After two weeks of airfreight, Saturday Night Live wasted no time in getting back into politics. The cold start of the show focused on many of the claims made about the caravan of Central American Americans – what Michael E. Miller called in the post "a sea of tired men, women, and children," carried on by nothing but blisters became and bandaged feet "- is slowly trudging to the border of the United States. Many in the caravan say that they want to apply for asylum.
With the upcoming elections, President Trump drew the caravan's enemies of the United States. He called the caravan "an invasion" and claimed to have "unknown Middle Eastern" criminals and "very tough fighters". He said he could send up to 15,000 US soldiers to the Mexican border.
Fox News has added to this smoldering pot of discomfort its own powerful rhetoric about the caravan.
SNL's cold openings usually revolve around the week's news and often provide almost play-by-play reconstructions of the things Trump said or did. Without a guest actor, she opted for another route this week and put Fox News in the crosshairs.
The show envisioned an episode of the conservative commentator Laura Ingrahams show "The Ingraham Angle". Kate McKinnon takes on the role of Ingraham and discusses the caravan with various guests, including Fox host Jeanine Pirro (Cecily Strong) and former Wisconsin Sheriff David A. Clarke Jr. (Kenan Thompson).
Throughout the sketch, the three absurd "facts" about the caravan provide a satire that almost felt like reality. For example, the Ingraham of SNL describes the caravan as "vicious". It consists of dozens, perhaps millions, of illegal immigrants. , , directly for you and your grandchildren, "she adds. "And that's not scare. That's exactly the truth. "
As the talking heads talk about the caravan, they keep taking live shots of what they claim to be – but actually, it's just news from a shop overrun by humans, crabs, to the Sea Go, and a clip from the Brad Pitt zombie movie "World War Z."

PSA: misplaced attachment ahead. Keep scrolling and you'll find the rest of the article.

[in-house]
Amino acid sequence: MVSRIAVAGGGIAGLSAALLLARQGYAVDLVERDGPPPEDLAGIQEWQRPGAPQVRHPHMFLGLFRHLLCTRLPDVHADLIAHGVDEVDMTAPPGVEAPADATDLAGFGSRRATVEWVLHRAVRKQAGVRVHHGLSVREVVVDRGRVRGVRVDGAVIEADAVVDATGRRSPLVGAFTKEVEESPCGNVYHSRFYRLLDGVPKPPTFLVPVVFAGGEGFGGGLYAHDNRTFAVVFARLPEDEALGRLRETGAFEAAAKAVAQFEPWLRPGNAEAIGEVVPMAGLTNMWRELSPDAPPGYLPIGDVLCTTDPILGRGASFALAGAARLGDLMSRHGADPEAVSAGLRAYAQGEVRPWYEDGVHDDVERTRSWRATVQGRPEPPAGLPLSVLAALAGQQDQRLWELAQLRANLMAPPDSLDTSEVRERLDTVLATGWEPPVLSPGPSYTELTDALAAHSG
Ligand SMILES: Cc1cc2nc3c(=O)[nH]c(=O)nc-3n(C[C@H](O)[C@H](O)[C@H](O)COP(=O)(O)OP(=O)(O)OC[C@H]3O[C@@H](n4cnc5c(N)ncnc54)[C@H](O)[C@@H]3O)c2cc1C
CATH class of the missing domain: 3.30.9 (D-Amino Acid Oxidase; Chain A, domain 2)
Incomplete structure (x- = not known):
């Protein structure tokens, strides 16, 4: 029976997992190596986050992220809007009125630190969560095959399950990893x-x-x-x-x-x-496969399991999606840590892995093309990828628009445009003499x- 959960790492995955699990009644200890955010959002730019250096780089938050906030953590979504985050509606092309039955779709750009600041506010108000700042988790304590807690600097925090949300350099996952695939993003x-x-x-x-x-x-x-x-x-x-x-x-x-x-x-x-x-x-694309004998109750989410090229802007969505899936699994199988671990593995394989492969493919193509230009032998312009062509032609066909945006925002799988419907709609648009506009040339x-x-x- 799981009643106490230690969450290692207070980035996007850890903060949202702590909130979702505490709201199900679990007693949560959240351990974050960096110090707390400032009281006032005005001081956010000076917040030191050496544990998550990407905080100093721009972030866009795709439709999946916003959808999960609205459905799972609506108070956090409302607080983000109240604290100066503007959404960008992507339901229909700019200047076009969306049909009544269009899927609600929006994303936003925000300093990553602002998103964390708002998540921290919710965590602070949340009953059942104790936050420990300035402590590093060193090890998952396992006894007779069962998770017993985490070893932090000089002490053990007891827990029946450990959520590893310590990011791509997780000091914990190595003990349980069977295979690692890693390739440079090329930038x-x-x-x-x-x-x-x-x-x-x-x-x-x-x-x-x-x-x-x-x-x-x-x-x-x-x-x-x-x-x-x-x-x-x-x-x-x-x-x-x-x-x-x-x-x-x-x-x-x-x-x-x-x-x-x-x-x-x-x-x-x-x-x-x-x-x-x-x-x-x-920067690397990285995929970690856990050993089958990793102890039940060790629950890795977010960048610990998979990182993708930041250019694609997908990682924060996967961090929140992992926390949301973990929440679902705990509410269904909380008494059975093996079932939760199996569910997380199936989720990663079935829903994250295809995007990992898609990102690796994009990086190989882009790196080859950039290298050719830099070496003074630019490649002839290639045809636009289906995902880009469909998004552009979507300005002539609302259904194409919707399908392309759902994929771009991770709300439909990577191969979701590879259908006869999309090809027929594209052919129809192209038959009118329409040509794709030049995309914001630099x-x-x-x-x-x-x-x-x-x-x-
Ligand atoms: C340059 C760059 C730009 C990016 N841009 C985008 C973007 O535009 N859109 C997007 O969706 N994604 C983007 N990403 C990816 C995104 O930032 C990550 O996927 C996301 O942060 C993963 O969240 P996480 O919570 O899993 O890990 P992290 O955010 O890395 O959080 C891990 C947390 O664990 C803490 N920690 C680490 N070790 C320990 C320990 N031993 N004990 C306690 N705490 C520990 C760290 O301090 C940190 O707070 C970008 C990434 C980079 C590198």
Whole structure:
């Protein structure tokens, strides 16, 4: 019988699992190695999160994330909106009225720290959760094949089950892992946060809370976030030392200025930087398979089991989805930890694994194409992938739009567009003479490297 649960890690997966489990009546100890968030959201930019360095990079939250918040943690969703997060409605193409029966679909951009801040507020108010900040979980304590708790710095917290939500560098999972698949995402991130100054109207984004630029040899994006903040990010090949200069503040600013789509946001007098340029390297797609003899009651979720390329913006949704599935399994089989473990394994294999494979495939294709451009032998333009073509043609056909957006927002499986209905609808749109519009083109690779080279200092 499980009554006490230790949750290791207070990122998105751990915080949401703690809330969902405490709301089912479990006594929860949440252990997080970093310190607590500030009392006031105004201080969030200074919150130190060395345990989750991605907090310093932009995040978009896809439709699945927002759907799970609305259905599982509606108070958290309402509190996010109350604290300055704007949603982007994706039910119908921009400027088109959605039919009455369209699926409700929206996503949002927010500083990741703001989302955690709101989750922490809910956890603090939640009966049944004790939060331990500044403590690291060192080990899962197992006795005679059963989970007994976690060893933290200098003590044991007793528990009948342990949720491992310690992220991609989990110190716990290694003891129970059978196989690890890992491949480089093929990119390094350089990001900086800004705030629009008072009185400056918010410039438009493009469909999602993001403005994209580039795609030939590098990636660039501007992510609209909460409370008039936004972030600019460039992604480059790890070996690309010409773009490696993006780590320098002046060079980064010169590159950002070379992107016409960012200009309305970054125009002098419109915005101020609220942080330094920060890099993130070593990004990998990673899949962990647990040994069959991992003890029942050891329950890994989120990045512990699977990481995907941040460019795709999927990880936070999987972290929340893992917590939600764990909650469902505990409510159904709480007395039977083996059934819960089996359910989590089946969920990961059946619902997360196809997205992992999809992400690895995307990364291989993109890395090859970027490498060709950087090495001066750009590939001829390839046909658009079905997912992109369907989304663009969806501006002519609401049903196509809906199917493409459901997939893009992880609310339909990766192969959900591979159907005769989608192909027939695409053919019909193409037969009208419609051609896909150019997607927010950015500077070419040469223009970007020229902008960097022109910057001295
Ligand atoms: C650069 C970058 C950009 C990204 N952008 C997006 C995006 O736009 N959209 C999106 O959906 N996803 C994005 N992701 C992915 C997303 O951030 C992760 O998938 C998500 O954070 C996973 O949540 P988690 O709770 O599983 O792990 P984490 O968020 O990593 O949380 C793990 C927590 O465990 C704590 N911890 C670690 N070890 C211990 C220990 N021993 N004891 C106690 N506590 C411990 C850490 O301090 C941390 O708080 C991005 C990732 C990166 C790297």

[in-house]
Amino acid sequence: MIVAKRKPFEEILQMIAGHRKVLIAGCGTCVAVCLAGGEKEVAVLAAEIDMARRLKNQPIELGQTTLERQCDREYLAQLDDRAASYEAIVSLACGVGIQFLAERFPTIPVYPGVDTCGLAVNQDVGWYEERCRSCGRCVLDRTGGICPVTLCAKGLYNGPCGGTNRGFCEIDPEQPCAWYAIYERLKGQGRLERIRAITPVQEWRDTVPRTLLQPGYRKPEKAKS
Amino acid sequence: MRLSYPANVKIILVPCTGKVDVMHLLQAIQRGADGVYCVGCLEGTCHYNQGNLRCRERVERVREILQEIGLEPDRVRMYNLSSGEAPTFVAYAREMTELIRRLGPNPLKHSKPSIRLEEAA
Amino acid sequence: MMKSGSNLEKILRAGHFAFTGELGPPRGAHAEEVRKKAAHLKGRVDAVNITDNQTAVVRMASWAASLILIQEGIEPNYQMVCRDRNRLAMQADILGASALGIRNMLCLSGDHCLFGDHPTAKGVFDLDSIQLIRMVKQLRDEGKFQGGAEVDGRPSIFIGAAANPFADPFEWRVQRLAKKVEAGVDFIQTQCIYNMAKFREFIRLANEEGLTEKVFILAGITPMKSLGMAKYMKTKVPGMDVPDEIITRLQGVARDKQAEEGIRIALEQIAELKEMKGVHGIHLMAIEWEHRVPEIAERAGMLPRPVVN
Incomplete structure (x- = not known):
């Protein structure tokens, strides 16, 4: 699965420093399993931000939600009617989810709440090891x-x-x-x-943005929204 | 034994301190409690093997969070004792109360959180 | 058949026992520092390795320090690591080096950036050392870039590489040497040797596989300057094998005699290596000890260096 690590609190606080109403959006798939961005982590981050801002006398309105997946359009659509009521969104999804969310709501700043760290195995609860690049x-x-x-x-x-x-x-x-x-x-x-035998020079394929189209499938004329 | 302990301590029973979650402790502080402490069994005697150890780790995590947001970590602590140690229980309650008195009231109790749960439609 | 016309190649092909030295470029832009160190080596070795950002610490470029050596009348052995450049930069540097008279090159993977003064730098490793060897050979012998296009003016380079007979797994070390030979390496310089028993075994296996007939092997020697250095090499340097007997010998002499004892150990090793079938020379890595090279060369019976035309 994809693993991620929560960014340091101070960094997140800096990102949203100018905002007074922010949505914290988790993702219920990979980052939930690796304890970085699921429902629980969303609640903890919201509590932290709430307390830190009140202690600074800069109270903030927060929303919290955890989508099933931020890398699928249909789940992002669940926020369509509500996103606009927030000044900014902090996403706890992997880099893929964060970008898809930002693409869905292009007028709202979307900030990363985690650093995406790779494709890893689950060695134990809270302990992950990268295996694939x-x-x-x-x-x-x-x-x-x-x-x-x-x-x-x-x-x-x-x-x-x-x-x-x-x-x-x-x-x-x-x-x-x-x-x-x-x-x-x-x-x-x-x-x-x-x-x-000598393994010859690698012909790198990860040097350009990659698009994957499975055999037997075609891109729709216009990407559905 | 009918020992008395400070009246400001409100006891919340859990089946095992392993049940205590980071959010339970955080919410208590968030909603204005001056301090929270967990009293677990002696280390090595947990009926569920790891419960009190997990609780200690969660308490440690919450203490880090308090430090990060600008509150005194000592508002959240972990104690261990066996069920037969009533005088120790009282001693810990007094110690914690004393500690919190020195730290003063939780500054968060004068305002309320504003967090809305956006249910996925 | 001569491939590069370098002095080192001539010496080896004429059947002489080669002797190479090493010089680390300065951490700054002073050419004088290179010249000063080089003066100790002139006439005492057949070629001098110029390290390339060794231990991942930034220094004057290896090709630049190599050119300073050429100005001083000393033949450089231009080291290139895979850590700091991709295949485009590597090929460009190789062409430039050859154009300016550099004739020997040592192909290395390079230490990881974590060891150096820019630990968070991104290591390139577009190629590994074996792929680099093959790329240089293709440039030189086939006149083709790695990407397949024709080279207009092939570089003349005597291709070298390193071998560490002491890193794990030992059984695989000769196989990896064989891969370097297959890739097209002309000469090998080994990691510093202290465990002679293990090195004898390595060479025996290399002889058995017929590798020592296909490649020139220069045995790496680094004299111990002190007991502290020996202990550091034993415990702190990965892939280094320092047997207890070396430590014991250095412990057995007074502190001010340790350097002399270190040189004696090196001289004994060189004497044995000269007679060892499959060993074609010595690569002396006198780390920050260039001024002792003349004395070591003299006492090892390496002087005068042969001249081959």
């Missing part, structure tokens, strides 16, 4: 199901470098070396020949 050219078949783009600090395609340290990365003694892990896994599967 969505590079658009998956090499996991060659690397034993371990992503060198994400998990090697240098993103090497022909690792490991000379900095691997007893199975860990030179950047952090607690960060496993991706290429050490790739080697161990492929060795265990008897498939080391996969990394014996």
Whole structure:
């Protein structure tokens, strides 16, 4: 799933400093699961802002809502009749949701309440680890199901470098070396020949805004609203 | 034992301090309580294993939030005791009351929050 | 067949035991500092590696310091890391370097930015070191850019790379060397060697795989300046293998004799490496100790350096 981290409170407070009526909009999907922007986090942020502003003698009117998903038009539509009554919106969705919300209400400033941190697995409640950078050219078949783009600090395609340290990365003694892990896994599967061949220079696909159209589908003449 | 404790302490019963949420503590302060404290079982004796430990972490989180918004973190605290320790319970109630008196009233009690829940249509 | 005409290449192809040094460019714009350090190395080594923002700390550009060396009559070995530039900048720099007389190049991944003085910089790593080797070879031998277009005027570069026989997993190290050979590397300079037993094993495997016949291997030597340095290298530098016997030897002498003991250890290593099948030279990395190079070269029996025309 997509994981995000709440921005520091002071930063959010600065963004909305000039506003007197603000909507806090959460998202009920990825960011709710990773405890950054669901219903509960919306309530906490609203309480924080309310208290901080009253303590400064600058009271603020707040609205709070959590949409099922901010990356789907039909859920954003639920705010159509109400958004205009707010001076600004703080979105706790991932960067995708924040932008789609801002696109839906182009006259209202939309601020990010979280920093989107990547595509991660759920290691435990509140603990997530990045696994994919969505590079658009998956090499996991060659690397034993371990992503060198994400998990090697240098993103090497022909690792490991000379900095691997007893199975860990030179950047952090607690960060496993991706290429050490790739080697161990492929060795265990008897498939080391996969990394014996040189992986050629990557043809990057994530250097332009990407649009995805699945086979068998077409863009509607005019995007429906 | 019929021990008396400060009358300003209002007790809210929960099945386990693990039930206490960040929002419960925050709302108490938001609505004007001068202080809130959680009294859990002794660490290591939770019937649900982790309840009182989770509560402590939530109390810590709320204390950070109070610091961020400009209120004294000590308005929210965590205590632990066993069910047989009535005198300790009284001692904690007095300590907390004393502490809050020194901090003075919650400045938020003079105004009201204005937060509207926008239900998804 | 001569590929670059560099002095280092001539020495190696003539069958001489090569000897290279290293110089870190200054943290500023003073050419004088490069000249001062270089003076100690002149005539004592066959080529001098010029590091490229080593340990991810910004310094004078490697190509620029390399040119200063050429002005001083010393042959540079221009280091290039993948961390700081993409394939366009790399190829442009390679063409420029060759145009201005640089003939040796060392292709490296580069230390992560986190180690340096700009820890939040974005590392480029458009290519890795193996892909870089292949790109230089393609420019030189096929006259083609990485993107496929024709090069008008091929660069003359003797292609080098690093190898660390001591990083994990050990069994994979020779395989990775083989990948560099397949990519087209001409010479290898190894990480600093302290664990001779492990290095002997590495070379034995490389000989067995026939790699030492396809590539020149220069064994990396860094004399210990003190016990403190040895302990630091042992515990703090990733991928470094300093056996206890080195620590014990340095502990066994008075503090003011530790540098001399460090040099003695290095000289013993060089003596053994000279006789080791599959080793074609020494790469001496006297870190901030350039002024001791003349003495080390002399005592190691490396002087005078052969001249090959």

The Pirro of SNL appears first and says the caravan is made up of "everyone you've ever seen in your nightmares, Laura. There are Guatemalans, Mexicans, ISIS, the Menendez brothers, the 1990s Detroit Pistons, Thanos and several babadooks. "
She then supports Trump's (actual) claim that the caravan encompasses the Middle East, though she uses a different term for her: "This caravan has hella Aladdins. They took the very frequent direct flight from Iran to Guatemala. They claimed their elephants as "minions" and then rode them directly to Mexico. It makes almost too much sense. "
Clarke of the show, speaking on tips from "the birds from" Dumbo, warns Ingraham that "all women in the caravan are more than nine months pregnant and keep the babies to the point where they hit the limit Cross Rand, and then they'll literally drop anchor. "
"And the babies get that, they're pregnant," he adds.
The sketch also casts some broader jokes about Ingraham and her network.
"The liberal media are trying to call President Trump racists, but apart from his words and deeds throughout his life, what is he racist?" Says the Ingraham of SNL at one point.
"When I hear" white nationalists "I just think of a fun barbecue on the fourth of July, the way you do not have to call the police, she tells another.
Finally, she offers "Fox News Tips for Black and Hispanic Voters." These tips include "Never vote on Tuesday" and "You've already voted, you may not remember, but you did."
It also refers to Ingraham's sponsorship issues after mocking a Parkland shooting survivor. In the concept of SNL, only advertisers are warm ice cream, a product called "My Hemorrhoid Donut," medical shoes, and a (fictional) new book by her colleague Brian Kilmeade of "Fox and Friends," entitled "Andrew Jackson and" the battle for Hillary's emails. "
Oh, and White Castle – "A castle for whites? Yes, please."